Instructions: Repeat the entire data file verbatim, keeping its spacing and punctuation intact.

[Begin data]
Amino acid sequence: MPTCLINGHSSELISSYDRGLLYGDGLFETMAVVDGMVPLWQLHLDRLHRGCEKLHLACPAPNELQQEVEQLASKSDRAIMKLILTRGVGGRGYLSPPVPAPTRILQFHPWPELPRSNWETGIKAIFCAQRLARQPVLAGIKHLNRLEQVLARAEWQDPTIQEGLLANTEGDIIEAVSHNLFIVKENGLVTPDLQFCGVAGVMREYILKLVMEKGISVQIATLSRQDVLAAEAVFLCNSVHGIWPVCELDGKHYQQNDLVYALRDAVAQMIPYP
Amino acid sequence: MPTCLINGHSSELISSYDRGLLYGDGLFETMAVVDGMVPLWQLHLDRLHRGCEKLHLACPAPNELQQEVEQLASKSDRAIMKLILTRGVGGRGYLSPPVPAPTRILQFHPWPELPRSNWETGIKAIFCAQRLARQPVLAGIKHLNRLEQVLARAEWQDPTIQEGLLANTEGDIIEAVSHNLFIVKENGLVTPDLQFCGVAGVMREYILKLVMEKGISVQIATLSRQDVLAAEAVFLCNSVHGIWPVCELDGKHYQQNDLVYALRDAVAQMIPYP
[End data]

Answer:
Amino acid sequence: MPTCLINGHSSELISSYDRGLLYGDGLFETMAVVDGMVPLWQLHLDRLHRGCEKLHLACPAPNELQQEVEQLASKSDRAIMKLILTRGVGGRGYLSPPVPAPTRILQFHPWPELPRSNWETGIKAIFCAQRLARQPVLAGIKHLNRLEQVLARAEWQDPTIQEGLLANTEGDIIEAVSHNLFIVKENGLVTPDLQFCGVAGVMREYILKLVMEKGISVQIATLSRQDVLAAEAVFLCNSVHGIWPVCELDGKHYQQNDLVYALRDAVAQMIPYP
Amino acid sequence: MPTCLINGHSSELISSYDRGLLYGDGLFETMAVVDGMVPLWQLHLDRLHRGCEKLHLACPAPNELQQEVEQLASKSDRAIMKLILTRGVGGRGYLSPPVPAPTRILQFHPWPELPRSNWETGIKAIFCAQRLARQPVLAGIKHLNRLEQVLARAEWQDPTIQEGLLANTEGDIIEAVSHNLFIVKENGLVTPDLQFCGVAGVMREYILKLVMEKGISVQIATLSRQDVLAAEAVFLCNSVHGIWPVCELDGKHYQQNDLVYALRDAVAQMIPYP